From today until Friday one race meeting will make headlines on the front and back pages of national newspapers in Britain and Ireland and receive network television coverage unmatched in most parts of the world. As Britain is credited with developing horse racing in its modern form, the casual reaction might be: ‘So, what’s unusual about that?’
Well, from an international perspective, the rare thing is that we are talking about the Cheltenham Festival, the most popular meeting in the British racing calendar — and it’s jump racing.
For the uninitiated, that is racing over steeplechase fences and hurdles, at distances from two miles (3200m) to three miles six furlongs (6000m), featuring a type of horse more equipped for gruelling staying contests than the shorter, flashier tests of speed on the flat.
And, it should also be pointed out, unlike race fans in America, Australia, and most other countries, for those in Britain and Ireland jump racing is more popular than the flat.
Armies of punters on both sides of the Irish Sea have been approaching this week with the enthusiasm and anticipation of small children waiting for Santa Claus.
For the industry itself, National Hunt racing, to give it the formal title, provides an added dimension to the overall racing economy. While the majority of owners might set out to uncover a G1 winner, a Classic winner even, they are very likely to be disappointed. But, thanks to jump racing, there is another opportunity, and they can take comfort in knowing that a racehorse who might fall short on the flat can still shine over jumps.
And therein lies one of the unheralded marvels of a racing jurisdiction low on prize money and high on tradition.
Only last year, a 5-year-old named Interconnected, a winning point-to-pointer, who had finished second in a Newbury novice hurdle, became the highest priced National Hunt horse sold at public auction when knocked down to owner Darren Yates for £620,000. Of course, many others are rumoured to have sold privately over the years for more. (Point-to-points are an amateur introduction to jump racing).
Coolmore in Ireland are proud of their jumping links and happy to advertise that the six leading living jump sires stand at studs under their banner. Topping the list are St Leger winner Milan, G1 scorer Flemensfirth, four-time Ascot Gold Cup hero Yeats, as well as the great staying influences Westerner, Getaway and Mahler, the latter a Royal Ascot winner who was placed in a Melbourne Cup.
A popular NH sire will regularly serve books of 200 or more, so the economics are plain to see and underline the logic in Britain and Ireland continuing to promote opportunities for stayers on the flat. The stars in the staying races usually make great jump sires. Stayers appear more cherished than in other leading racing capitals. In essence, jump racing provides a safety net for the entire industry.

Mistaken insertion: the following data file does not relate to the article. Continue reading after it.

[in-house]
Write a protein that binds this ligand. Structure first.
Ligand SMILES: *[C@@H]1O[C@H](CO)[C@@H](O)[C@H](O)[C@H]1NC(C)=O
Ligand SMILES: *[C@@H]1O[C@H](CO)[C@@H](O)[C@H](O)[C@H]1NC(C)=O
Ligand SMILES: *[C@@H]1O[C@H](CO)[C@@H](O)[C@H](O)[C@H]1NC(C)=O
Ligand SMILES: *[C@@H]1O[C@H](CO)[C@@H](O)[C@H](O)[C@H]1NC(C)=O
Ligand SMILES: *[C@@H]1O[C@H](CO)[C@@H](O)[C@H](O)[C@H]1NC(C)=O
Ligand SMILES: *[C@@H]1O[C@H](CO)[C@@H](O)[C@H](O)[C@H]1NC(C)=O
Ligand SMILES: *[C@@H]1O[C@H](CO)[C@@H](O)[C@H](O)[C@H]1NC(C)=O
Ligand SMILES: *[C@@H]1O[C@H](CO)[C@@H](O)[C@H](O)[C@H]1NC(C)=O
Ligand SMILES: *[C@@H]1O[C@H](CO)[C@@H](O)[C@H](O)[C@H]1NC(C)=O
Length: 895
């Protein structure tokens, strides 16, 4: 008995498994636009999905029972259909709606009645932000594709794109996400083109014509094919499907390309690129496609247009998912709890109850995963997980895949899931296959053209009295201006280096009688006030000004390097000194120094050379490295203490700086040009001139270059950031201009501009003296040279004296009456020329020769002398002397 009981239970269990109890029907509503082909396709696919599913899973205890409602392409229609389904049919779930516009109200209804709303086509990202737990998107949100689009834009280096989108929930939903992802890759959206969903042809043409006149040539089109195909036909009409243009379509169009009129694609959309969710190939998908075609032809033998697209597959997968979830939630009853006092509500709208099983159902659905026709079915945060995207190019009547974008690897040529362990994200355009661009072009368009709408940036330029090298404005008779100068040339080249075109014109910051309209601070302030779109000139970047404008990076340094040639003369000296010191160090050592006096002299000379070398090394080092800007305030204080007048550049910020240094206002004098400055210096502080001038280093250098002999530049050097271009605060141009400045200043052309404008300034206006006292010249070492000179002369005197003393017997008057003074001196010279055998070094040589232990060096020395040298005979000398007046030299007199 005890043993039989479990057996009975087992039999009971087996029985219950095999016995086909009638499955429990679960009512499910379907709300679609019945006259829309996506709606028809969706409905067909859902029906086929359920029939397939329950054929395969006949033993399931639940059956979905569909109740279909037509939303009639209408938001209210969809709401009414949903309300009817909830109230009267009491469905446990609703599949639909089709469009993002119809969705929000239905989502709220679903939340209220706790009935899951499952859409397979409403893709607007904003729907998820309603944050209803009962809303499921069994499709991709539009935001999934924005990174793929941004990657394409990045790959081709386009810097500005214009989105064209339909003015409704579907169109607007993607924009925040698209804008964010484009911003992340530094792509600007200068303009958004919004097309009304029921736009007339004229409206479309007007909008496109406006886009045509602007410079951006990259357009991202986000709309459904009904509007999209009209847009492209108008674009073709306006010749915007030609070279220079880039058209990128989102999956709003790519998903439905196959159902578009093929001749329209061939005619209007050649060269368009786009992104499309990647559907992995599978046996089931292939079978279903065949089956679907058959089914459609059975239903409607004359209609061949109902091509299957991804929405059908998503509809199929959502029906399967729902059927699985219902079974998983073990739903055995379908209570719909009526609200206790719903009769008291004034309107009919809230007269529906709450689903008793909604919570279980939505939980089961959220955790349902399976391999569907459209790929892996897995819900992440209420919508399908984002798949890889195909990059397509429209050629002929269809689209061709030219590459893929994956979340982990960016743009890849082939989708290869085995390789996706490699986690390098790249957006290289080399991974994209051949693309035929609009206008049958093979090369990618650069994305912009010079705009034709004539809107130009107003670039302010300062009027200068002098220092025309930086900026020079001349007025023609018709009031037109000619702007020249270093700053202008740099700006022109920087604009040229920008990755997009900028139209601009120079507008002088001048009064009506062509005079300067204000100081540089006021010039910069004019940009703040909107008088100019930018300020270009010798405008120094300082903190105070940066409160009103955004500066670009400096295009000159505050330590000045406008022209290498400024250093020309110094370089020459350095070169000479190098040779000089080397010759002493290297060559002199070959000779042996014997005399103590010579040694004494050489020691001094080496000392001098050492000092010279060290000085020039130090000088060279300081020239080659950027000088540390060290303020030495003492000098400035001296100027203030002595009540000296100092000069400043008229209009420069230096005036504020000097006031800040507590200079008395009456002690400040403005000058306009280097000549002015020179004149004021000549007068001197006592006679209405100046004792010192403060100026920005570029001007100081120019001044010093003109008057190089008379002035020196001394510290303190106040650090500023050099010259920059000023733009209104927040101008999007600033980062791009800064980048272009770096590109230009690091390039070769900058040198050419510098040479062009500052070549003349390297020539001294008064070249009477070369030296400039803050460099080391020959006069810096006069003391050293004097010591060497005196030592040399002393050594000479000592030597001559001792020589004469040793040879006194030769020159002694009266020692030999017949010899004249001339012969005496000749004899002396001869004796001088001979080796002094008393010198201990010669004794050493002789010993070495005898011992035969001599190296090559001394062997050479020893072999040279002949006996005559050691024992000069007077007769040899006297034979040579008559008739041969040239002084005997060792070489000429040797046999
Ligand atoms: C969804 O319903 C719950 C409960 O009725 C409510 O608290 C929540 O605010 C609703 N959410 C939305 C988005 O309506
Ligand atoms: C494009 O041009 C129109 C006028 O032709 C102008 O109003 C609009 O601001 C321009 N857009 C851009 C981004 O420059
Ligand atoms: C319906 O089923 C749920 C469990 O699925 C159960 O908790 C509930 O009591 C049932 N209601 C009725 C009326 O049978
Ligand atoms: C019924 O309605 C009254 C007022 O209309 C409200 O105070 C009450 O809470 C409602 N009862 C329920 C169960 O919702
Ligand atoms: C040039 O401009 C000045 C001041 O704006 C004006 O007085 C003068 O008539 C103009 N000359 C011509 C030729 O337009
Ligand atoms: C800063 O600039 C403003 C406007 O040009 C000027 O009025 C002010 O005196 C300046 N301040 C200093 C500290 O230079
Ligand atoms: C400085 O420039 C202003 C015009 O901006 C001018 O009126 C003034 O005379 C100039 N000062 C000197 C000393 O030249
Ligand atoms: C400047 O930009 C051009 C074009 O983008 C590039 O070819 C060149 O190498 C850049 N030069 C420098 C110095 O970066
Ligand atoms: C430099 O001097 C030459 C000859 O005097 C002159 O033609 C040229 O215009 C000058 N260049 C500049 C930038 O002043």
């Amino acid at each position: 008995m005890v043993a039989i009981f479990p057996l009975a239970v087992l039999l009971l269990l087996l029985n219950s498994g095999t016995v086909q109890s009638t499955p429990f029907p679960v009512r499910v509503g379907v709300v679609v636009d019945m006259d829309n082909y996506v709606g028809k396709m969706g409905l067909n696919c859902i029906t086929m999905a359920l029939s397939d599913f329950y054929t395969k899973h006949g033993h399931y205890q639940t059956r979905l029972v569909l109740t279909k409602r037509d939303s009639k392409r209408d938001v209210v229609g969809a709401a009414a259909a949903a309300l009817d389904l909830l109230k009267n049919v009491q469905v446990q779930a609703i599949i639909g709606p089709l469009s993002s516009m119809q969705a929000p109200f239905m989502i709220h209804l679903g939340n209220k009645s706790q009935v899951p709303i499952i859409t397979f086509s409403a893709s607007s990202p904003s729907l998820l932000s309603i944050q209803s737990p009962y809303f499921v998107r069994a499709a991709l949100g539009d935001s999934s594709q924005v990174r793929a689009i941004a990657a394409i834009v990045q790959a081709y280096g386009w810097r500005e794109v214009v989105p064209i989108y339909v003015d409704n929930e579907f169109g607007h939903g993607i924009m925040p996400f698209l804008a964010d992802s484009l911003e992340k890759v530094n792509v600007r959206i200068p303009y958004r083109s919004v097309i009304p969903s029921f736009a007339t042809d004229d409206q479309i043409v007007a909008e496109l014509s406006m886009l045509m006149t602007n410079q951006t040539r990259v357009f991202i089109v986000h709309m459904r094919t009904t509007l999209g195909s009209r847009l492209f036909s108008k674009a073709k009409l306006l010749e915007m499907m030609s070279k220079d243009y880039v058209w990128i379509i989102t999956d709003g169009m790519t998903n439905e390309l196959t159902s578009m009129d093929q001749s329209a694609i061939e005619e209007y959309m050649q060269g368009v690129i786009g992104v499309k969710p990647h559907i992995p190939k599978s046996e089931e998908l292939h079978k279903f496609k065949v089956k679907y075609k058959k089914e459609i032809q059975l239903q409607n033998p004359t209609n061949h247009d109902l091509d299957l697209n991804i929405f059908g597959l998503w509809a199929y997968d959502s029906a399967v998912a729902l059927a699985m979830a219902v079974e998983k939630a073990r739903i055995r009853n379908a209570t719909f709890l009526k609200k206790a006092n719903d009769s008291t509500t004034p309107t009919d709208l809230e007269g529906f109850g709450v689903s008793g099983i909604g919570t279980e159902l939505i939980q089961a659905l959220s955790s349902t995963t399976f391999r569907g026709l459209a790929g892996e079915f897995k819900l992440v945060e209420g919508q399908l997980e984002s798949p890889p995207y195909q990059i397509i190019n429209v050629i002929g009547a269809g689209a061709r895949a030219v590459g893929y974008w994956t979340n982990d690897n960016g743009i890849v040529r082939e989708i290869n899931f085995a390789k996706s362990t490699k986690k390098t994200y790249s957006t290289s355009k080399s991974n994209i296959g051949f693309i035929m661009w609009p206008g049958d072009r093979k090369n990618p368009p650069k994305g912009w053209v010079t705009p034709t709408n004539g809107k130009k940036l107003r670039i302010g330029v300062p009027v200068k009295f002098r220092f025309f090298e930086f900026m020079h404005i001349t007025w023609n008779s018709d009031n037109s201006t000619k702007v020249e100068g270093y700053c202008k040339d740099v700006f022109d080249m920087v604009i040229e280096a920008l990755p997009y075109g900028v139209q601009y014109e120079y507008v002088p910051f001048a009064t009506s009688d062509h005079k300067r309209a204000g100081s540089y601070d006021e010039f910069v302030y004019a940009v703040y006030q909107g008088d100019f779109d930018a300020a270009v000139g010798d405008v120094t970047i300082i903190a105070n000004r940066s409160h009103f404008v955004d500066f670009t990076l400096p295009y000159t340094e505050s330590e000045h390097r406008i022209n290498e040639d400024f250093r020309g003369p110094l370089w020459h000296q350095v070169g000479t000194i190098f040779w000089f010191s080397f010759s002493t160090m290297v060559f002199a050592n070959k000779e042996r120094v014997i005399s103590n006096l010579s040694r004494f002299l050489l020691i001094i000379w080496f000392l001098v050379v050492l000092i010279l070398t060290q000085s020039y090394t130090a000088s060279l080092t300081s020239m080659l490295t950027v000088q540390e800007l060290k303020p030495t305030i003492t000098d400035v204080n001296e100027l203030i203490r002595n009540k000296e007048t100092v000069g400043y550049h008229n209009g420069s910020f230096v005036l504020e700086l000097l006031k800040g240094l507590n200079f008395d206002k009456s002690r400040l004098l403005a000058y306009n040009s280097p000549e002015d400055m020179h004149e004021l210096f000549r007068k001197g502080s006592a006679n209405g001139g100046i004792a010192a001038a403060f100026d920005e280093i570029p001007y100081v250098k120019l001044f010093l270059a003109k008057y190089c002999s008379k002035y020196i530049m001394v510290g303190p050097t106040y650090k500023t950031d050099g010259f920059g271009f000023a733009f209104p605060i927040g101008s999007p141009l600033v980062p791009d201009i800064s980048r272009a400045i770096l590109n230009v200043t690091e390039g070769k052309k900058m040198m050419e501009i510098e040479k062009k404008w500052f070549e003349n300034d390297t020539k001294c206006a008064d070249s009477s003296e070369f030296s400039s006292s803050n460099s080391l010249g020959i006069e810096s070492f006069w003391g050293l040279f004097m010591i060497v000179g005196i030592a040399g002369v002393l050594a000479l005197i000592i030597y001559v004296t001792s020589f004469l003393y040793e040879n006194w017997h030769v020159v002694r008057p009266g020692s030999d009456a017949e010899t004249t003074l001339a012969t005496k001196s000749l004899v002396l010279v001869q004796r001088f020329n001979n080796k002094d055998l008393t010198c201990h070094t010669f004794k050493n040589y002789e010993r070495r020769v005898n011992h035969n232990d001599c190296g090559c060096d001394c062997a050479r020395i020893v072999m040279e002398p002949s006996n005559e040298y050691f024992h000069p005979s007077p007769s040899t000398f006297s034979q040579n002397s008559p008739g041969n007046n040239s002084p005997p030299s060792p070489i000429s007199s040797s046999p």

It could be argued that the most popular jumper around today, Tiger Roll, is one who was caught by that safety net.
He was purchased for 70,000 guineas by John Ferguson for Godolphin. Being a son of the Derby winner Authorized, who had been snapped up by Darley, there were expectations that he could make his name on the flat. However, in the event, he left Godolphin unraced.
In most other countries, that would have been about it. Nobody would ever have heard of him.
In fact, Tiger Roll was bought for 10,000 guineas by jumps trainer Nigel Hawke, who must have thought he had made a killing when selling the horse after one start for 80,000 guineas to Ryanair boss Michael O’Leary’s Gigginstown operation in Ireland.
In case you missed it, Tiger Roll has won the last two Grand Nationals at Aintree, and this week he is on target to win at Cheltenham for the fifth successive year. He runs in Wednesday’s Glenfarclas Chase, over a tricky cross-county course he has already mastered twice. To illustrate his versatility, four years ago he won the Triumph Hurdle, the two-mile championship hurdle race for 4-year-olds (the juveniles of jumping), then the following year he took the four-mile National Hunt Chase (since reduced in distance), followed by his two cross-country triumphs.
There will be wild scenes, even by Cheltenham standards, if he makes it a hat-trick … and then it will be on to Aintree for a crack at racing immortality on April 4. The great Red Rum won three Nationals, but they were in 1973, 1974 and 1977. Tiger Roll has a good chance of making it three in a row.
Tiger Roll’s breeder, Gerry O’Brien, might have been hoping to breed a Derby or St Leger winner when he sent his mare Swiss Roll to Authorized. After all, the mare had produced Ahzeemah (by Dubawi), who won the G2 Lonsdale Cup and was runner-up in an Irish St Leger.
There were to be no Classics for the horse, yet the great racing safety net meant he would go on to achieve even greater fame and glory in the eyes of the British and Irish public.